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Host-Virus-Vector Interactions of Wheat Viruses
Wheat (Triticum aestivum L.) is the principal cereal grown in the United States, whose production ranks third in the world. High Plains wheat mosaic emaravirus (HPWMoV) and Wheat streak mosaic tritimovirus (WSMV) are two of the economically important viruses transmitted by wheat curl mite (WCM; Aceria tosichella Keifer) in the Great Plains. Majorly, this study deals with the host-virus-vector interactions of these organisms. HPWMoV genome was screened for viral suppressor of RNA silencing (VSR) and found that P7 and P8 proteins suppress local and systemic silencing induced by single- or double-stranded RNAs. Electrophoretic mobility shift assays revealed that P7 binds to dsRNA and also protects them from in vitro dicing, while P8 binds to PTGS-like small ds-siRNA. The C-terminal end of P7 harbors conserved dsRNA binding domain and AGO-binding GW motif. Pull-down of haemagglutinin (HA)-tagged P7 co-immunoprecipitated AGO4. P7 or P8 complemented the functions of P1 by rescuing the RNA silencing suppressor (P1)-deficient WSMV in wheat. P7 or P8 enhanced pathogenicity of Potato virus X in Nicotiana benthamiana. However, mutational disruption of P7-GW motif resulted in loss of RNA silencing suppression, pathogenicity enhancement, and ability to rescue WSMV-ΔP1. Additionally, we determined the silencing suppression mechanism of WSMV P1. RNA interaction studies showed that P1 binds to dsRNA in a size and sequence independent manner and protects long dsRNA from activity of dicer. P1 has a conserved N-terminal dsRNA binding and C-terminal GW-type AGO binding domain. Co-immunoprecipitation assay of HA-tagged P1 transiently expressed in N. benthamiana showed NbAGO4 interaction. Mutagenesis of GW-motif resulted in the loss of not only silencing suppression activity and pathogenicity enhancement but also viability of WSMV. Furthermore, WCM transcriptome was analyzed from WSMV-viruliferous and aviruliferous mites to know whether WSMV persistence and coevolution influenced WCM gene expression to prolong viral association and increase its transmission efficiency. Among 7,785 de novo-assembled unigenes, 1,200 were differentially-expressed in viruliferous WCMs and were categorized into 251 different gene ontology terms. Overall, these transcriptional changes may inhibit WCM immune response to prolong viral association and alter WCM development to expedite population expansion, both of which could enhance viral spread and transmission.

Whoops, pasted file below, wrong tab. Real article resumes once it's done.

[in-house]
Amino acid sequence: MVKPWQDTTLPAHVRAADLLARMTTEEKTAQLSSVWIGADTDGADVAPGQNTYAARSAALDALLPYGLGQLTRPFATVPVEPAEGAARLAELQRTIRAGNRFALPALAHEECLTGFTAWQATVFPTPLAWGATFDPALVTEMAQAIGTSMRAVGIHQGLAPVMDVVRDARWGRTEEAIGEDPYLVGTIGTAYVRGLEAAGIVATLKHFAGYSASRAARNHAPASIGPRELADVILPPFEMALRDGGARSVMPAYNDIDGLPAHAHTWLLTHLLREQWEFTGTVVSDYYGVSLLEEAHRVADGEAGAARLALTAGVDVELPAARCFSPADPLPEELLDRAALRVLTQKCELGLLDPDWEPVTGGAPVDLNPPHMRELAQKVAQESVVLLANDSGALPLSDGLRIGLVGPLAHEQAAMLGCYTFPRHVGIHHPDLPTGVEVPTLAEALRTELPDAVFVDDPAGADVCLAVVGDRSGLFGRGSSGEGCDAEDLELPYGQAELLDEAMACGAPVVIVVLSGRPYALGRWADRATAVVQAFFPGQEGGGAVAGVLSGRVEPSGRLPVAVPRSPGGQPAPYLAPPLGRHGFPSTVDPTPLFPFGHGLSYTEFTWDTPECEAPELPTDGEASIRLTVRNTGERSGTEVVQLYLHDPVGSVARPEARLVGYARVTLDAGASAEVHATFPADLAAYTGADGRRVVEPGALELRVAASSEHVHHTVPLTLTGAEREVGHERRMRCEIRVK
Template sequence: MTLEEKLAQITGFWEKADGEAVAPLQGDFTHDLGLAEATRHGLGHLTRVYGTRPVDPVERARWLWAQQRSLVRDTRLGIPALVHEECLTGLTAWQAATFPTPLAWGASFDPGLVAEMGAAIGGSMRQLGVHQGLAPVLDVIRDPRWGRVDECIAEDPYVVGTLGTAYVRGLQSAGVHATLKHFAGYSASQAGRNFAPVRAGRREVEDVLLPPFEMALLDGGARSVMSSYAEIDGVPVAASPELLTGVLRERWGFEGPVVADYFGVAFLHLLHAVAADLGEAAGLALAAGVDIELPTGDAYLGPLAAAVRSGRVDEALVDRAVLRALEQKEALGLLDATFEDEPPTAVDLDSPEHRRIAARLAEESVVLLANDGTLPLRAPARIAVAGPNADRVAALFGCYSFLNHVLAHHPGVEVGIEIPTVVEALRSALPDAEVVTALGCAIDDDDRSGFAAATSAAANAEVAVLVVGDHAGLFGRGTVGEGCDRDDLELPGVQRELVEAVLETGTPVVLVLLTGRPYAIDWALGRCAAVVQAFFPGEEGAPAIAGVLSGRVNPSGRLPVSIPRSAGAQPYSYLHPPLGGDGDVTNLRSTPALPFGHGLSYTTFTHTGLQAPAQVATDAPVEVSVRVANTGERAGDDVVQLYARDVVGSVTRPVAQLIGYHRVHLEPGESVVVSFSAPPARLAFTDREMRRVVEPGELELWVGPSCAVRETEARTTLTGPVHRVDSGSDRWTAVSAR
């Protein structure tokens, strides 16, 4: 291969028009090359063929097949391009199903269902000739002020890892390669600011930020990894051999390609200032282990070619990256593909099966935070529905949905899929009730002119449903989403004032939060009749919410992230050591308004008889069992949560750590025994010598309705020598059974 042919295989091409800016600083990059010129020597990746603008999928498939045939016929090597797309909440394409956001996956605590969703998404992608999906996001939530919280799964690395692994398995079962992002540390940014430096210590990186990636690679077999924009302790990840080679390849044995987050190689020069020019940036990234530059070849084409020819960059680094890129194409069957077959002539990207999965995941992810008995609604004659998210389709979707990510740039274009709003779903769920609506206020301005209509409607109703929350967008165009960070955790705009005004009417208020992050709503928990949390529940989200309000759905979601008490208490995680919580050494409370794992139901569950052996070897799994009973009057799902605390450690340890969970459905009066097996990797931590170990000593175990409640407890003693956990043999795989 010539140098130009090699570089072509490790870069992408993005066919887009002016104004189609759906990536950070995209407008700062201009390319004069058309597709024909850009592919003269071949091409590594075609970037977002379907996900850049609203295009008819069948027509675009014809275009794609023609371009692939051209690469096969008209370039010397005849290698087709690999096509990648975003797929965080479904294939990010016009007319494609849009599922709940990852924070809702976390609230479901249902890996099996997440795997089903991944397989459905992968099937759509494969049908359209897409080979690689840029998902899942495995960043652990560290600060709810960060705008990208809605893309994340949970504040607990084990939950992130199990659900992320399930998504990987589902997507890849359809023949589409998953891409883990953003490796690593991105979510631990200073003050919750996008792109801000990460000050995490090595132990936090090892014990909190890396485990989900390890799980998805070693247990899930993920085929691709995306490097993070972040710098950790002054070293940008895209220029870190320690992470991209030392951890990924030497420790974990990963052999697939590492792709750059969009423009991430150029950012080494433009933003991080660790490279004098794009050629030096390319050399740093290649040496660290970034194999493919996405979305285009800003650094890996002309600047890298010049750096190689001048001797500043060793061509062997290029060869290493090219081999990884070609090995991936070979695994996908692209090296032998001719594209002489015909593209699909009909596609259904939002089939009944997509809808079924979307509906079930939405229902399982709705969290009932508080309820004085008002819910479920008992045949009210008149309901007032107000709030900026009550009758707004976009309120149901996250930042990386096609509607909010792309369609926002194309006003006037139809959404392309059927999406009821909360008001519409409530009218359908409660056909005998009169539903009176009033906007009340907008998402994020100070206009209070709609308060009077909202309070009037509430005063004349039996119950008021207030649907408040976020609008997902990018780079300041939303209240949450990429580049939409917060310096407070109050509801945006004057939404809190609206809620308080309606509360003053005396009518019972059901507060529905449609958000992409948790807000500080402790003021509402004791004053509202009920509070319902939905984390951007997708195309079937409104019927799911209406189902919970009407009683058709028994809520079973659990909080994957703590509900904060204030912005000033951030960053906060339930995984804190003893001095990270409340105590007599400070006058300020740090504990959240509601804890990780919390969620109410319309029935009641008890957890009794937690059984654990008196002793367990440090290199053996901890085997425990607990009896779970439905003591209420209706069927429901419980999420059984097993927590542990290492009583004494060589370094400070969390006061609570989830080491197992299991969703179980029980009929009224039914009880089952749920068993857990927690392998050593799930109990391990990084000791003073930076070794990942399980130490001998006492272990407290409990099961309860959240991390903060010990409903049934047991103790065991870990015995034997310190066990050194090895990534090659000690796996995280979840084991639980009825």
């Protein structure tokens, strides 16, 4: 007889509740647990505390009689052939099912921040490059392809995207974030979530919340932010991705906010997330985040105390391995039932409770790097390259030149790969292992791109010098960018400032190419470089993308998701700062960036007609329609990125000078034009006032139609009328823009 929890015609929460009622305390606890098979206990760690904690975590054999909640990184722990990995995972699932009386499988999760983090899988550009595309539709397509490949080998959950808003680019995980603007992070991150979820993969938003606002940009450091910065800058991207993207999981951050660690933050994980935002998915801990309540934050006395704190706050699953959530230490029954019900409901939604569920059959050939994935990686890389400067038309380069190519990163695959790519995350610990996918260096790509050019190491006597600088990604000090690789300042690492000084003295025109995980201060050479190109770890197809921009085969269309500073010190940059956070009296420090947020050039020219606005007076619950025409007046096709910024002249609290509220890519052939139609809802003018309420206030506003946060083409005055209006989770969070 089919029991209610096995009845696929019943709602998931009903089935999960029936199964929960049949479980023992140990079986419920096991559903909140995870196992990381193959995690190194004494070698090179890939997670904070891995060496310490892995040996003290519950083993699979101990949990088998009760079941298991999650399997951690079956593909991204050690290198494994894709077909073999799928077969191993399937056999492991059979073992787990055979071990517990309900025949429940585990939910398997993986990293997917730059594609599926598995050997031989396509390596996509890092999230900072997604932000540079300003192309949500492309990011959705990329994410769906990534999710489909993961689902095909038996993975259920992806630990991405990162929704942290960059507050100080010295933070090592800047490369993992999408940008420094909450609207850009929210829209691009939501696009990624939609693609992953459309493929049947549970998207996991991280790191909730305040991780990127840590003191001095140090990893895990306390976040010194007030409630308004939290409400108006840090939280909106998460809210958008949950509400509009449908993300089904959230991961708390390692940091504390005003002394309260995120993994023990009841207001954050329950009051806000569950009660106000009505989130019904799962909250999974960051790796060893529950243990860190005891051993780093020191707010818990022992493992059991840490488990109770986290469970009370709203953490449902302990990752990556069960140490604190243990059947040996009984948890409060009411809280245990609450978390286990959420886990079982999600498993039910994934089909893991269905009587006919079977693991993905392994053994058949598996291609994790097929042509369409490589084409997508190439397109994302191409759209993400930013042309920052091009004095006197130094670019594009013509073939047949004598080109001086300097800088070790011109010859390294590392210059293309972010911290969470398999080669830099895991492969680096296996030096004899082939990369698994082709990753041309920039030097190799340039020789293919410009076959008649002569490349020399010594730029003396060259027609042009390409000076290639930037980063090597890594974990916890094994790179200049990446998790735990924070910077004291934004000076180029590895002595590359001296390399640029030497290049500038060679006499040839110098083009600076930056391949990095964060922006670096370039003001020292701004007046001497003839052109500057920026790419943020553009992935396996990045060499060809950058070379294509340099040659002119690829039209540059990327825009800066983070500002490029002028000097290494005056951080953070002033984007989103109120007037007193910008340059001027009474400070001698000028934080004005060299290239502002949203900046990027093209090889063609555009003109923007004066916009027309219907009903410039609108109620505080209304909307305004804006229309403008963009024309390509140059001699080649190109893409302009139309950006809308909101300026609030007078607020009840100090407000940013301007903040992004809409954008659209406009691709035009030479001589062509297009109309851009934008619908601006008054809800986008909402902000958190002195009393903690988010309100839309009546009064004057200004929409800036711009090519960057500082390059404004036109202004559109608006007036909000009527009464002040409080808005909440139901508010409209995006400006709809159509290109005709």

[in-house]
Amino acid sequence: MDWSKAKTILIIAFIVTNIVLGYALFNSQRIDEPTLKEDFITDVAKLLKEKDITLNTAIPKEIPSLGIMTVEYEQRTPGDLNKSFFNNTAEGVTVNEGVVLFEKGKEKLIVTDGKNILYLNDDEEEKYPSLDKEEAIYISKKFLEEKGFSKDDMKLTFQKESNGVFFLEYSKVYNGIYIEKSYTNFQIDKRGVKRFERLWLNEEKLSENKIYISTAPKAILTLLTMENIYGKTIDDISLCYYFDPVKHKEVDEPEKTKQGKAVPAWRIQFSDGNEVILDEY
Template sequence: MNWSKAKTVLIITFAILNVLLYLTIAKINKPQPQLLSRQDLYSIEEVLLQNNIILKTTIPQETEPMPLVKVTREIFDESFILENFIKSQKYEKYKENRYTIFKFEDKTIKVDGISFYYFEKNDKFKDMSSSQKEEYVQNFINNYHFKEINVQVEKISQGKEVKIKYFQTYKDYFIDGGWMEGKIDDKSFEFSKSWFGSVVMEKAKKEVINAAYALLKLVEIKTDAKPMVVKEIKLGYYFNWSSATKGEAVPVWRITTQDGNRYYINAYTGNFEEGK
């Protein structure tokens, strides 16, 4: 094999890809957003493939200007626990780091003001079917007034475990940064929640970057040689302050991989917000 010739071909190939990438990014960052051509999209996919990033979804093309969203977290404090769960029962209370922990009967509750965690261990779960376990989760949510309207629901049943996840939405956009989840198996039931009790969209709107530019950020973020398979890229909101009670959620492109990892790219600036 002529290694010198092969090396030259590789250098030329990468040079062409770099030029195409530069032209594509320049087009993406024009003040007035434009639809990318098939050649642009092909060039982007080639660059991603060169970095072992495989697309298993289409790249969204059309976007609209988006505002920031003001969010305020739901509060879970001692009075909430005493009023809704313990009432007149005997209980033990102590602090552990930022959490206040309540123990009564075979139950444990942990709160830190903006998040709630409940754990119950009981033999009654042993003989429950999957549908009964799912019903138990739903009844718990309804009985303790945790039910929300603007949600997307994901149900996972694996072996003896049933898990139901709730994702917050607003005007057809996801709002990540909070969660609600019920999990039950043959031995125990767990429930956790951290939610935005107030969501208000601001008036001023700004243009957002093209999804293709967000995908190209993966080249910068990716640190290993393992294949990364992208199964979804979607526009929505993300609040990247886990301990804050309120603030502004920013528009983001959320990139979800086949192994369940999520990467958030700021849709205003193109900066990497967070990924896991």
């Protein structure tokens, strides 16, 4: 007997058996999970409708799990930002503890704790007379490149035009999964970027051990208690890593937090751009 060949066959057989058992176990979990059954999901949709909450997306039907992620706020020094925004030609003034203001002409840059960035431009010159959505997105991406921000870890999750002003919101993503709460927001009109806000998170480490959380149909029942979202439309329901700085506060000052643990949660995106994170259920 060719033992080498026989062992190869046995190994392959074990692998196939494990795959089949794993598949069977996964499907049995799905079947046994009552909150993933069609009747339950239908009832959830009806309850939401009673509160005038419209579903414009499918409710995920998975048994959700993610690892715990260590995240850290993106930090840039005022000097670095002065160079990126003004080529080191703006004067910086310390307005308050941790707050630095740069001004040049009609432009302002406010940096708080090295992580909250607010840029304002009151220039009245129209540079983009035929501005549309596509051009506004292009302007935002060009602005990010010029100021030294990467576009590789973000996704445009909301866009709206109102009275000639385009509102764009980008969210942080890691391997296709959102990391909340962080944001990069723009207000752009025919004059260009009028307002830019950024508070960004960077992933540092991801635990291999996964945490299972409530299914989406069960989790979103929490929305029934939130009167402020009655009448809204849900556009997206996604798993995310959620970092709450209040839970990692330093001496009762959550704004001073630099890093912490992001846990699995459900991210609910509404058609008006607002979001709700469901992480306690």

Gupta, Adarsha K, "Host-Virus-Vector Interactions of Wheat Viruses" (2018). ETD collection for University of Nebraska - Lincoln. AAI10976544.